But any Brit with a Japanese girlfriend or boyfriend will probably have faced that strange and slightly disturbing question and wondered for a moment whether they are being eyed up as a partner or a donor.
What lies behind this is the idea, popular in Japan, that people's blood type is indicative of their personality: so that Group O people, for example, might be creative, confident and optimistic, whilst Group A people might be shy, earnest and trustworthy. And what naturally follows on from this is the concept that certain blood types are more compatible with one group than another: so that O might be a good match for AB, but not for A. This kind of blood-type matchmaking is apparently very popular, especially amongst Japanese women.
As a result, pretty well everyone in Japan seems to know his or her blood type, much as most Westerners know their Zodiac sign, and I've found that some of my Japanese friends have been quite puzzled, or even shocked, when I tell them I don't know my own blood type.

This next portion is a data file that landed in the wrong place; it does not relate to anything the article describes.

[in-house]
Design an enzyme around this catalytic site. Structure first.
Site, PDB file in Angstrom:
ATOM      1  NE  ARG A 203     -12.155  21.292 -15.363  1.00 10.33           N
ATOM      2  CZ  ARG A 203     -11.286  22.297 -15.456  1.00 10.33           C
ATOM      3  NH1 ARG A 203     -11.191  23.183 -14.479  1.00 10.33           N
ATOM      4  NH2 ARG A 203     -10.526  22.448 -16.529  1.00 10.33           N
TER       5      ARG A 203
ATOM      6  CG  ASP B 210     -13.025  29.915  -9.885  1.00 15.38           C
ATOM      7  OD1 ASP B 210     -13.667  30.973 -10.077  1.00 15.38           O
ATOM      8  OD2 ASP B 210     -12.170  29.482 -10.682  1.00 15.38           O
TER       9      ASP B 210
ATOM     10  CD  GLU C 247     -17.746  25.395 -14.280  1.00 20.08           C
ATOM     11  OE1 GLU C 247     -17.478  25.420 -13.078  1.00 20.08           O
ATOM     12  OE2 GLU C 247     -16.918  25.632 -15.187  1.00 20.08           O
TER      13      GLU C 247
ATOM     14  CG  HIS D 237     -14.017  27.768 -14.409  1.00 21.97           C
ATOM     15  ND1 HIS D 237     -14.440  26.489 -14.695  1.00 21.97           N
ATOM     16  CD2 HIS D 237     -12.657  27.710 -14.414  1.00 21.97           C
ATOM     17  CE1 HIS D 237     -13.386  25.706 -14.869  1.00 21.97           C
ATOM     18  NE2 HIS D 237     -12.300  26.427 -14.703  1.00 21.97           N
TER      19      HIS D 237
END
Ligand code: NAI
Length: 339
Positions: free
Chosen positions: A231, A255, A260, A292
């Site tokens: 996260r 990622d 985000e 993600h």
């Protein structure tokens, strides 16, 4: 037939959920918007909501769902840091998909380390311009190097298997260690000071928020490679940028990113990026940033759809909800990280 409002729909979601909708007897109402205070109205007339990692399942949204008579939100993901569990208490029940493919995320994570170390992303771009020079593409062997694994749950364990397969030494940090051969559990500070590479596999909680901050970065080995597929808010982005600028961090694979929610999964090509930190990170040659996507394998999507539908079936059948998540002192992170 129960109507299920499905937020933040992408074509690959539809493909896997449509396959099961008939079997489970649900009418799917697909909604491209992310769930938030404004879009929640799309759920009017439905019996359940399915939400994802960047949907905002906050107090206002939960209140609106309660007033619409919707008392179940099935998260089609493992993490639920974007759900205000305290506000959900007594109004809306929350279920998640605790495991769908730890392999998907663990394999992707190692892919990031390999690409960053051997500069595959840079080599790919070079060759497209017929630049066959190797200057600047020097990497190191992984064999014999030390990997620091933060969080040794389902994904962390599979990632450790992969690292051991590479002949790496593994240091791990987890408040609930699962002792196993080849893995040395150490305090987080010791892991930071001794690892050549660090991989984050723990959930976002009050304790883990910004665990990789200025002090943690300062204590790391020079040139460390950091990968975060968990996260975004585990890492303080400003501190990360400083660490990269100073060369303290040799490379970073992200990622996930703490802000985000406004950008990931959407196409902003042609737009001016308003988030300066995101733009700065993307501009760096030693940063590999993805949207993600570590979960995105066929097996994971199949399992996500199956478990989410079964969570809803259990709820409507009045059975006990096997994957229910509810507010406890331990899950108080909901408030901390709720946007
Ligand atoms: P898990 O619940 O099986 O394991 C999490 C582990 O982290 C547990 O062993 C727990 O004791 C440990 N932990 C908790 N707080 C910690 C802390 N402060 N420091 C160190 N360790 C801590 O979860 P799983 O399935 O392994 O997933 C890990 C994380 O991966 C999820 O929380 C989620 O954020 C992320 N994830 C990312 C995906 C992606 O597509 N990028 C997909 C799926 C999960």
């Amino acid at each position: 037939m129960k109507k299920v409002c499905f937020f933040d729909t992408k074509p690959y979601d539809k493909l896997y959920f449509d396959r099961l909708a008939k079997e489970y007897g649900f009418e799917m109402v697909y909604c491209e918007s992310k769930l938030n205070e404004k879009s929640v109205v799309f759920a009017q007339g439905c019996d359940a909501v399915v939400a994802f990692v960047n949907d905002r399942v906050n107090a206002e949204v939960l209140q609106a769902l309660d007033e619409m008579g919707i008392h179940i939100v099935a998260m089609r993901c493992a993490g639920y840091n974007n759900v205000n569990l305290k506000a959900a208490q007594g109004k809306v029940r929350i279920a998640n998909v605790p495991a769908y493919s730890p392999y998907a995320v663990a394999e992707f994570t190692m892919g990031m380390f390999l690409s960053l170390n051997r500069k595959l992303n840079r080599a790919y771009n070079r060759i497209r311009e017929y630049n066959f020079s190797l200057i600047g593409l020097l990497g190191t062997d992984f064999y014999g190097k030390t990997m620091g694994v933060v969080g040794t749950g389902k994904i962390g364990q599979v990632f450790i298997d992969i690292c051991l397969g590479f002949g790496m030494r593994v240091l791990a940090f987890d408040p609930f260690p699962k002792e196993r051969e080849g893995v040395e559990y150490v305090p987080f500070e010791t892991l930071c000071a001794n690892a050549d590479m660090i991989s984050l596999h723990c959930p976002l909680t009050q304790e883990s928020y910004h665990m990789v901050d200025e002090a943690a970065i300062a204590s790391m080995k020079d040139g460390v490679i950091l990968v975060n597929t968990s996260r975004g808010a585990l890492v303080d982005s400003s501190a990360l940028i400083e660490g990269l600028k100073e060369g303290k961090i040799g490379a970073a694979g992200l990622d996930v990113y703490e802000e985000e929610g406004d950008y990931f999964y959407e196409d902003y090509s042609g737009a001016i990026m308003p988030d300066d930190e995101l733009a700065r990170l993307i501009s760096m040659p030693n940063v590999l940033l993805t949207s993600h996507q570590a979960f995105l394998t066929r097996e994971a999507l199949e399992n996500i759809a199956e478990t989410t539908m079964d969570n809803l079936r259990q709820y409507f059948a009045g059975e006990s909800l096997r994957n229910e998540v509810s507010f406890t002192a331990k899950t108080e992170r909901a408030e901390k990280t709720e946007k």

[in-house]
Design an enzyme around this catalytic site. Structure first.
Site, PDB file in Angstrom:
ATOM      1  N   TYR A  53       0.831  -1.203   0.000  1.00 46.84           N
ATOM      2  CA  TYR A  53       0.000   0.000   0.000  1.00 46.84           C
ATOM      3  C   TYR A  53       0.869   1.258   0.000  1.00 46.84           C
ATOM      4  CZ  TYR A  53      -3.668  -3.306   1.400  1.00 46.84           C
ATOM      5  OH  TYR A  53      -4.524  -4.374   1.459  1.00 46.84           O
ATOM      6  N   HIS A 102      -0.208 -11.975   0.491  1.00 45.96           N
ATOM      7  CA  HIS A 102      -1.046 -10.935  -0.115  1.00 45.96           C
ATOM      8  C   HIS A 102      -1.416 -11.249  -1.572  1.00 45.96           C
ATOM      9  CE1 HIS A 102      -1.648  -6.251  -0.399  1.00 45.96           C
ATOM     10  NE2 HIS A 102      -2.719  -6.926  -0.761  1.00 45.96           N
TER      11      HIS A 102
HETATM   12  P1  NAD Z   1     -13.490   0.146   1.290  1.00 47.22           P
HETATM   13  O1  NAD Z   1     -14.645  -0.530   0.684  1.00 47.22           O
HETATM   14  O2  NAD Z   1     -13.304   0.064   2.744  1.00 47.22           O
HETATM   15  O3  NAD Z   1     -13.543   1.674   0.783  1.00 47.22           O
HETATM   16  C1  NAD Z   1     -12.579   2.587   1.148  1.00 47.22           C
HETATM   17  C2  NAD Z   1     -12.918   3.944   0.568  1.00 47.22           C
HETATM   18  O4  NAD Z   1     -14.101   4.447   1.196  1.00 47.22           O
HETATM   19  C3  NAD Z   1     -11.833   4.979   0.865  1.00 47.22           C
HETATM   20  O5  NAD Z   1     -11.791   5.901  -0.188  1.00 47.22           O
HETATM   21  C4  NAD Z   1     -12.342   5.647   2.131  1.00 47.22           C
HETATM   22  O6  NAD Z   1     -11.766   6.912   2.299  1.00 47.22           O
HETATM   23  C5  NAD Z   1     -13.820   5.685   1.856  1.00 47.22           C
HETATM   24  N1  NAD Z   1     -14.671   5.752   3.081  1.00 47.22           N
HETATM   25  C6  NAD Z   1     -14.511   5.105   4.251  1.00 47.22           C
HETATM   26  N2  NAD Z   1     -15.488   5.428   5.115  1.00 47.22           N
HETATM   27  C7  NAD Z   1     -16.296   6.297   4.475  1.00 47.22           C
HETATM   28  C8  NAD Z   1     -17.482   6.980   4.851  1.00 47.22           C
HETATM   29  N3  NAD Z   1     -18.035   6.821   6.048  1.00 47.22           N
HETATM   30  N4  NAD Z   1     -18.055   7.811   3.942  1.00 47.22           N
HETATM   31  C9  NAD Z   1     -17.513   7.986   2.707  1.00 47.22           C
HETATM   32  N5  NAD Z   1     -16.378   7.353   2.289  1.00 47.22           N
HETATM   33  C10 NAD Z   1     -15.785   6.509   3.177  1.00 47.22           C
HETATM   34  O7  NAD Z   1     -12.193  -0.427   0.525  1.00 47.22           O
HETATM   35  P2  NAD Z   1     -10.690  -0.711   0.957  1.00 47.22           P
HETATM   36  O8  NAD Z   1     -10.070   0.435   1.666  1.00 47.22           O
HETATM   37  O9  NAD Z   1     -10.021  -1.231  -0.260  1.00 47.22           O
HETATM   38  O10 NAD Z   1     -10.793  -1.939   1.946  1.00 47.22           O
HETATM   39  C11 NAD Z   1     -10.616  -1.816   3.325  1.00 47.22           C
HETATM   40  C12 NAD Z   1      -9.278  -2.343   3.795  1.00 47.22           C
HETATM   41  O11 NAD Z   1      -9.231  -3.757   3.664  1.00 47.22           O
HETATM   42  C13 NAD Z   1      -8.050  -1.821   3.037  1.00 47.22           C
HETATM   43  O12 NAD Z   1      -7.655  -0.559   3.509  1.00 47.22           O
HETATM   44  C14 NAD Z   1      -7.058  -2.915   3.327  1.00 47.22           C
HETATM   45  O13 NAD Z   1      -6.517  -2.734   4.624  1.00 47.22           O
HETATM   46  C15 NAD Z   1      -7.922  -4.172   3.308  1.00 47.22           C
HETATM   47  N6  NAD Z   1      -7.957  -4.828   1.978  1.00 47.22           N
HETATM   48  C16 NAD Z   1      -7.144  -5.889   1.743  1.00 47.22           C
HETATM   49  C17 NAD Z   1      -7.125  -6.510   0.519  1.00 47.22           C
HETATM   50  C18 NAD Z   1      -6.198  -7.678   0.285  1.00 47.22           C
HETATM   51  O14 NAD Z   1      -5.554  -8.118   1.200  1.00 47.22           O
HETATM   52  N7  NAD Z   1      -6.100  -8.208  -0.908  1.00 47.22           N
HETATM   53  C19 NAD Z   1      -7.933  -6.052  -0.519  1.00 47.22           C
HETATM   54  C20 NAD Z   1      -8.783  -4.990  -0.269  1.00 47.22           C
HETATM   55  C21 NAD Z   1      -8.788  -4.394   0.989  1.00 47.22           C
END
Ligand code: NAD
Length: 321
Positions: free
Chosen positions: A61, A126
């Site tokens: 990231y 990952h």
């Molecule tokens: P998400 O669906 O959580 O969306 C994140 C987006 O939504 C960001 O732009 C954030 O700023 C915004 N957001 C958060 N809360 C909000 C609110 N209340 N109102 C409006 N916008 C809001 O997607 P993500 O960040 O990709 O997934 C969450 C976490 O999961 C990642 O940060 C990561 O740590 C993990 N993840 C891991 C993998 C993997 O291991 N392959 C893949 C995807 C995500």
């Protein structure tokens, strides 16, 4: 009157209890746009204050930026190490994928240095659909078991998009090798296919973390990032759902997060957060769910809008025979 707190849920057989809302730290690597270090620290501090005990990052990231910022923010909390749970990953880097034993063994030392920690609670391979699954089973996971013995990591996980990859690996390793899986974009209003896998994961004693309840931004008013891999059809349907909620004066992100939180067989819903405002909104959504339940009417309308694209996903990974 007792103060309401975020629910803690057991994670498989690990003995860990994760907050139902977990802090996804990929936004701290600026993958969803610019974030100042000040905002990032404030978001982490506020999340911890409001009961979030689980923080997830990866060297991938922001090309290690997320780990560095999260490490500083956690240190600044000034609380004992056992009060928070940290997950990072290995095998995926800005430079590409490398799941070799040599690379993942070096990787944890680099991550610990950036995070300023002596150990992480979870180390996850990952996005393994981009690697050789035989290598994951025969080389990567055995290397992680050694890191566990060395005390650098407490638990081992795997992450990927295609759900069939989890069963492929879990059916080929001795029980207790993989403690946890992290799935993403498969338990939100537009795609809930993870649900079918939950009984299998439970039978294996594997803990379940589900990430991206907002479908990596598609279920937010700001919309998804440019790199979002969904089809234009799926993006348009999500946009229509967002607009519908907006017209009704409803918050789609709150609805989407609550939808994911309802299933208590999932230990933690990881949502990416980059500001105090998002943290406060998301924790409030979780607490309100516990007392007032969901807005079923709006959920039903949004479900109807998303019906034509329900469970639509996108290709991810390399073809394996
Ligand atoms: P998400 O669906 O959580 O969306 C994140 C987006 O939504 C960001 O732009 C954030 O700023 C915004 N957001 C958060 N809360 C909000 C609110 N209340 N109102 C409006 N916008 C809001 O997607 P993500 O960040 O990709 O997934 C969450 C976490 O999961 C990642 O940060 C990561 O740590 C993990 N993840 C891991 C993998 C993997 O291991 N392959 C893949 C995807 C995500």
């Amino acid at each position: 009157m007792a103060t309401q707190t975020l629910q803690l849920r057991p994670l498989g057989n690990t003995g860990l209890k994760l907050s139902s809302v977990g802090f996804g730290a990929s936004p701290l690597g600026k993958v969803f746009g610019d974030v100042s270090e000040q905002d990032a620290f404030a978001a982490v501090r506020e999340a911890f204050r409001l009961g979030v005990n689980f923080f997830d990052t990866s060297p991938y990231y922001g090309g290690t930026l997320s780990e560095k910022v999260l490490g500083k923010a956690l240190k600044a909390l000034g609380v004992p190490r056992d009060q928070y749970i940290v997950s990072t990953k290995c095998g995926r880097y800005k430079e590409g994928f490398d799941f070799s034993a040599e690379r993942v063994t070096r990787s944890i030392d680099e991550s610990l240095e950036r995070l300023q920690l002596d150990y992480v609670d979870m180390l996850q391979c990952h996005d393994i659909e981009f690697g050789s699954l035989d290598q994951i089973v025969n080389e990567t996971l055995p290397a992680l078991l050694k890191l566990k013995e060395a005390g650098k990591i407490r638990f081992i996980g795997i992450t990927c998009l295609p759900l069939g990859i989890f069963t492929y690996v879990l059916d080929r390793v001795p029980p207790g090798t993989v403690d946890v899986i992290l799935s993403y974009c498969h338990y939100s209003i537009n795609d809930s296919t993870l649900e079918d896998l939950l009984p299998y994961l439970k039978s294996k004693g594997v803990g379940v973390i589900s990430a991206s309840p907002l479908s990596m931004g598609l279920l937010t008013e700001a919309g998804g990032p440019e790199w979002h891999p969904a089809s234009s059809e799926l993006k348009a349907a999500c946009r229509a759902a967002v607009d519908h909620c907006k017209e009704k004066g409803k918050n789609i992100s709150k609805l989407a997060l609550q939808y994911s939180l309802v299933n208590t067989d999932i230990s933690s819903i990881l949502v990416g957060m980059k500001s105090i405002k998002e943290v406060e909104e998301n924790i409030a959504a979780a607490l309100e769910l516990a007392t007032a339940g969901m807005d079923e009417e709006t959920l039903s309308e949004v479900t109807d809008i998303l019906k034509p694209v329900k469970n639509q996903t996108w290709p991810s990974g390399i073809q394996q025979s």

How seriously this is taken obviously depends on the individual. In similar vein, I know people who believe every word of the horoscope they read in their daily newspaper. Japanese friends have sometimes asked me if I'm not just a bit curious about my blood group. Well, I suppose I could ask my doctor... but no, I'm quite content for him to keep that little secret to himself.